Muuuh Nature & Wildlife

Lenses and Lens Accessories

The correct choice of the lens used in wildlife photography is as important as the camera, if not more so. You should look for a lens with a low aperture and a long focal length.

Employed Lenses

NIKKOR Z 100-400mm f/4.5-5.6 S, our latest addition. We experienced issues with reach using the NIKKOR 70-200mm in most park settings around Montreal, so we were in search of a lens with a longer reach. Video recordings with the NIKKOR 100-400mm and TC2.0 will result in a final focal length of 400mm x 2 x 1.5 = 1200mm, with a minimum aperture of f/13. This is more than sufficient for daytime recording with the camera/lens mounted on a tripod.

NIKKOR Z 70-200mm f/2.8 is a fantastic lens. It served us well while taking photos and video recordings of whales: Whale Watching with Nikon Z6. We use the Z Teleconverter TC2.0 to extend the reach for small birds and frog recordings. We sold this lens because the new NIKKOR Z 100-400mm overlapped in focal length with this one.

NIKKOR Z MC 105mm f/2.8G is our macro lens used for flower photography and for macro video recordings. Works fine for macro photography. In particular we like the large focus ring allowing easy switch to manual focusing when necessary which is most of the time.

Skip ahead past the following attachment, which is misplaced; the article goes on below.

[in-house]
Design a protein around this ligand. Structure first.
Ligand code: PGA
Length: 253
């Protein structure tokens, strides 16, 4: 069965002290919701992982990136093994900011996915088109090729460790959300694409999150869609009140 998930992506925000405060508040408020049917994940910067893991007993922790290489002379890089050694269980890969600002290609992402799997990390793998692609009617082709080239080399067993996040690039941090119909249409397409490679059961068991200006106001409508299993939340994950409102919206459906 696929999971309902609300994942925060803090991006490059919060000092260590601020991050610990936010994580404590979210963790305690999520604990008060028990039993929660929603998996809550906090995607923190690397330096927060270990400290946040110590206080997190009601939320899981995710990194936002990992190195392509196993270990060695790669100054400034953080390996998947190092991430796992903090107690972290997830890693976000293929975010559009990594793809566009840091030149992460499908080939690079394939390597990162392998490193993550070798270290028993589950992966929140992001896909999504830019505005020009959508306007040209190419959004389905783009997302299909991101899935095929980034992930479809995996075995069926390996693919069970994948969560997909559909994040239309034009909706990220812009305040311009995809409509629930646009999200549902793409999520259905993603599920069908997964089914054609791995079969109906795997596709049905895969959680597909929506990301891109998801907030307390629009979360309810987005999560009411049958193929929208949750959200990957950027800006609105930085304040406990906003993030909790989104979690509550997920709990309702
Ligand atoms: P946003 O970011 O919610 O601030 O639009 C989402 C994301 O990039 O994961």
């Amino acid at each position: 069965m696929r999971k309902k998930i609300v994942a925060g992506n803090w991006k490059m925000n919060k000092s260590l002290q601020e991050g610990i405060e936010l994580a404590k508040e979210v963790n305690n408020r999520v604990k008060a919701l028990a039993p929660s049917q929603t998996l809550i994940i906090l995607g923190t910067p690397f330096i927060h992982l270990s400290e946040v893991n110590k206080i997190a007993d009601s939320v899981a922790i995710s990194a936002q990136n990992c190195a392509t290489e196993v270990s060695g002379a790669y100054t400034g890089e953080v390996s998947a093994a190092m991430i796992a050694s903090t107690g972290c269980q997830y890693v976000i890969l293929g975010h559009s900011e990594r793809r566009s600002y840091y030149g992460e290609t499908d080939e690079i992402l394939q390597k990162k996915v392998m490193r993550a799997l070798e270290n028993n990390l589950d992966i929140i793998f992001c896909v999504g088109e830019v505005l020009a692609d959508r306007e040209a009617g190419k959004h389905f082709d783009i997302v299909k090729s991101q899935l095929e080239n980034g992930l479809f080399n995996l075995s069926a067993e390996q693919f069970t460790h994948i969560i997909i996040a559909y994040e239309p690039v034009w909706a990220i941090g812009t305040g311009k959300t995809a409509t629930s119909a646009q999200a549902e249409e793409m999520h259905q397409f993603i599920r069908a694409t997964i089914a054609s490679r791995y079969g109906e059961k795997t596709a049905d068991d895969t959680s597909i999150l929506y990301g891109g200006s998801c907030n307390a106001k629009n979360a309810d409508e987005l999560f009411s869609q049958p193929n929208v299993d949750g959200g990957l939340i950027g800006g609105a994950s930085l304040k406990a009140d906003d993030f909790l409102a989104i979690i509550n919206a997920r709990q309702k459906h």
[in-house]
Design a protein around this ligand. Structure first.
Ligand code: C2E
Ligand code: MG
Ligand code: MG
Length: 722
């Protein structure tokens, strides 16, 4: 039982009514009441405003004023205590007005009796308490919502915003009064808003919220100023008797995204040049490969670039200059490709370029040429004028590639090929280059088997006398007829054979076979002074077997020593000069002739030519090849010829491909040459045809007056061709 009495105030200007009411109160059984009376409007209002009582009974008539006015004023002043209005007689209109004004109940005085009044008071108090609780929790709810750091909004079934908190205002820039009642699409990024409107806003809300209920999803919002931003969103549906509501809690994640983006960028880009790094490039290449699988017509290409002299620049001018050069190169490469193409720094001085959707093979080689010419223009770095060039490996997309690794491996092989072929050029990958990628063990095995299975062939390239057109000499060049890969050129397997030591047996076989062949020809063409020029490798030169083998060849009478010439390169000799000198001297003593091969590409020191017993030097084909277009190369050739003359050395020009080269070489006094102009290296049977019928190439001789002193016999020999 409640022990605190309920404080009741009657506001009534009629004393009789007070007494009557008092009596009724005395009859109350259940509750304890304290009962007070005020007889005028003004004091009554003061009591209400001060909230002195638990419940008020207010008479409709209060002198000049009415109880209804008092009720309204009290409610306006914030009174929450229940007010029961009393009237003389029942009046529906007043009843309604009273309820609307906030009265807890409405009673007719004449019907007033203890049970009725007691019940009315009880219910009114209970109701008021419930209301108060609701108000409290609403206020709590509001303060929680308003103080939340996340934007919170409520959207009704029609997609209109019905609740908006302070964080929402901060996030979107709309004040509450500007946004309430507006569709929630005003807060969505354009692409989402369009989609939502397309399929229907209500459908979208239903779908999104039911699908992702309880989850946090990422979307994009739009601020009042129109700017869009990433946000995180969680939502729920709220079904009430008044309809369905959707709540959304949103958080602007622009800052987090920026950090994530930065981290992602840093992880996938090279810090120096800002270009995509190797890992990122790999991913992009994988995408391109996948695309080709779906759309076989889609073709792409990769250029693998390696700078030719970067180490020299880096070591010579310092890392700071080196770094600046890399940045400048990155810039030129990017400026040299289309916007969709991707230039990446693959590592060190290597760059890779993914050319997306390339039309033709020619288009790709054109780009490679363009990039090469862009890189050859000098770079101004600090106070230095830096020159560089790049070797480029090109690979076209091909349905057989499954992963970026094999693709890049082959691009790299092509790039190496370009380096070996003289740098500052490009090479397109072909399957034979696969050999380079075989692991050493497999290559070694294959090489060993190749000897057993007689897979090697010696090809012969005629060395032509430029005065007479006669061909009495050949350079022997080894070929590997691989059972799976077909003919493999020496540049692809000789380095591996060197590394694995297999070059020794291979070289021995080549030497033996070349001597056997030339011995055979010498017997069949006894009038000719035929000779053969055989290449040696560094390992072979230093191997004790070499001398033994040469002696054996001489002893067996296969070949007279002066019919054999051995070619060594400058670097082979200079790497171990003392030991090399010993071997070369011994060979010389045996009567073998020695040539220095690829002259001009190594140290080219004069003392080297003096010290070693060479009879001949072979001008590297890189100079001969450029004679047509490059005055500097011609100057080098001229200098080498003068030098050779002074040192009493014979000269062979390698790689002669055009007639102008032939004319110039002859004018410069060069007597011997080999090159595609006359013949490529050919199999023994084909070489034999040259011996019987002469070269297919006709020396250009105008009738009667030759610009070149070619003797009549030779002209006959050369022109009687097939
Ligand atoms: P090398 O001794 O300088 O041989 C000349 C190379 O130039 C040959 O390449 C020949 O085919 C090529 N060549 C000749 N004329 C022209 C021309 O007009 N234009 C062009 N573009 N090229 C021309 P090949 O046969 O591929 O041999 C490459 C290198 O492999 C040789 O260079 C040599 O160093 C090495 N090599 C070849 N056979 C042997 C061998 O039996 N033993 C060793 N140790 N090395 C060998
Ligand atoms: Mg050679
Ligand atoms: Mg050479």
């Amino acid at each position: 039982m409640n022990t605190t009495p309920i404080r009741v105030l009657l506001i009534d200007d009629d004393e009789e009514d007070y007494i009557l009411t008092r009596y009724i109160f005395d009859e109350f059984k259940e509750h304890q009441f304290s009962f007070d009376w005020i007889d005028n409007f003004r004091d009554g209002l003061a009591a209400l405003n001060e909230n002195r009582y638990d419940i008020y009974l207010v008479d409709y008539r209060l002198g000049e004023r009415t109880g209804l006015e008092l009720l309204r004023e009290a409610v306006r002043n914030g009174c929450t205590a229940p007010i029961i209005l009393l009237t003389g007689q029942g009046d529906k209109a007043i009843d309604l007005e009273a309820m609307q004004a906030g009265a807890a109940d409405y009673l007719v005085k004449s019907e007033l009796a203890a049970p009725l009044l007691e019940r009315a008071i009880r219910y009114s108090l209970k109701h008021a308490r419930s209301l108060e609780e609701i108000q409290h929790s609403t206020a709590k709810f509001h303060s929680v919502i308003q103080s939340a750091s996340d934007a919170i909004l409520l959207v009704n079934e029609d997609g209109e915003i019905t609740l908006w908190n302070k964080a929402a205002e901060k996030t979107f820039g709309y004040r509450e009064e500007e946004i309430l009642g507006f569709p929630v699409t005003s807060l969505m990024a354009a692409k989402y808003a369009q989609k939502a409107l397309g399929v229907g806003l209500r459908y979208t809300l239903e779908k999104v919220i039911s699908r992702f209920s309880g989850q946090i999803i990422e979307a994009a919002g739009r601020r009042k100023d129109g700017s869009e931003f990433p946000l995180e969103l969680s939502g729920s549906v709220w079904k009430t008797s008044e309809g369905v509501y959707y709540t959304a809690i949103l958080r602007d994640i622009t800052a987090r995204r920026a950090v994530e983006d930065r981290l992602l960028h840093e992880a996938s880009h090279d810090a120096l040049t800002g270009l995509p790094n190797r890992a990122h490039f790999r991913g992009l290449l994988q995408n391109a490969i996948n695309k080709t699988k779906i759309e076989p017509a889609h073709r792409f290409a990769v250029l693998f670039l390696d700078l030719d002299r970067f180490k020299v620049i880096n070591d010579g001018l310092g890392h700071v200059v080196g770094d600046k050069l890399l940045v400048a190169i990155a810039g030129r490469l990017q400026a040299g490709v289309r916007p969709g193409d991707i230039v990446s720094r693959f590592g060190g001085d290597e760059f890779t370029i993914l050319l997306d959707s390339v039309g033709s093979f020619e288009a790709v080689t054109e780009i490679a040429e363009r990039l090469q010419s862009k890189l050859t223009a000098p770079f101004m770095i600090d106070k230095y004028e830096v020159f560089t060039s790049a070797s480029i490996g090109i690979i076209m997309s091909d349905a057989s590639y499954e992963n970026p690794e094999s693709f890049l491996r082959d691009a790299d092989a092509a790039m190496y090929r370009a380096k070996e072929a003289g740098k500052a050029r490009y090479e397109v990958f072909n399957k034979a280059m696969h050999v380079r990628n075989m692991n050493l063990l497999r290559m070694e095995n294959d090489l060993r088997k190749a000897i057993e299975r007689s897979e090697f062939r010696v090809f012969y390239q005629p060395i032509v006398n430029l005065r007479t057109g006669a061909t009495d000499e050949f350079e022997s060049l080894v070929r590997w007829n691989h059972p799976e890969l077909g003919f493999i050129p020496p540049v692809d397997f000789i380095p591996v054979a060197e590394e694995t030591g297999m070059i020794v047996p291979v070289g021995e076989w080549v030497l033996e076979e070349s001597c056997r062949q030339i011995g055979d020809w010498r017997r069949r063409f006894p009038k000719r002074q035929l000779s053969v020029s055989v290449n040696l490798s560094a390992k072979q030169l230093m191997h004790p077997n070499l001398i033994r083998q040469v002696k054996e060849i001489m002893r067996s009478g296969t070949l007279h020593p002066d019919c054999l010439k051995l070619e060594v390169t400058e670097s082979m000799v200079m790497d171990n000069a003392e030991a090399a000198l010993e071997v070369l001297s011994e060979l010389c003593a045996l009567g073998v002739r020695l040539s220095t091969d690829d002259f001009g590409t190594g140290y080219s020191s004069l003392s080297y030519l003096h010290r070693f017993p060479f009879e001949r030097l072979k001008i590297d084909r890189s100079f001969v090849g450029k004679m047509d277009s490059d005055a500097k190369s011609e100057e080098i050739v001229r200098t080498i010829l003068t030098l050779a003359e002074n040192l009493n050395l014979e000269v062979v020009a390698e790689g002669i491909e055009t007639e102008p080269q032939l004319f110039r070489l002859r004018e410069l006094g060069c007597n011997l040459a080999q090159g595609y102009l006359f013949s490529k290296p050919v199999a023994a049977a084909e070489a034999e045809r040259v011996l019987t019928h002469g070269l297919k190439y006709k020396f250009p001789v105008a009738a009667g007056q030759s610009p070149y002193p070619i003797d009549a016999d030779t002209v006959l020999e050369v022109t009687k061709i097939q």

NIKKOR Z 24-70mm f/2.8 has been used temporarily for flower photography while waiting for the NIKKOR Z MC 105mm. With the long minimal focus distance not very useful for macro photography though. Now used for landscape photography.

Lens Accessories

We use neutral filters for all lenses to protect the front glass. Additionally, we employ a 2x Teleconverter to extend the reach of the NIKKOR Z 70-200mm f/2.8 and NIKKOR Z 100-400mm f/4.5-5.6 S.


Last updated on 2024-02-04. Written and regularly updated by Karl-Heinz Müller, Dipl. Natw. ETH, Biology. With 10 years of experience in wildlife photography, Karl-Heinz shares first-hand, on-site collected observations, photos and videos from his frequent visits to parks in the Montreal area.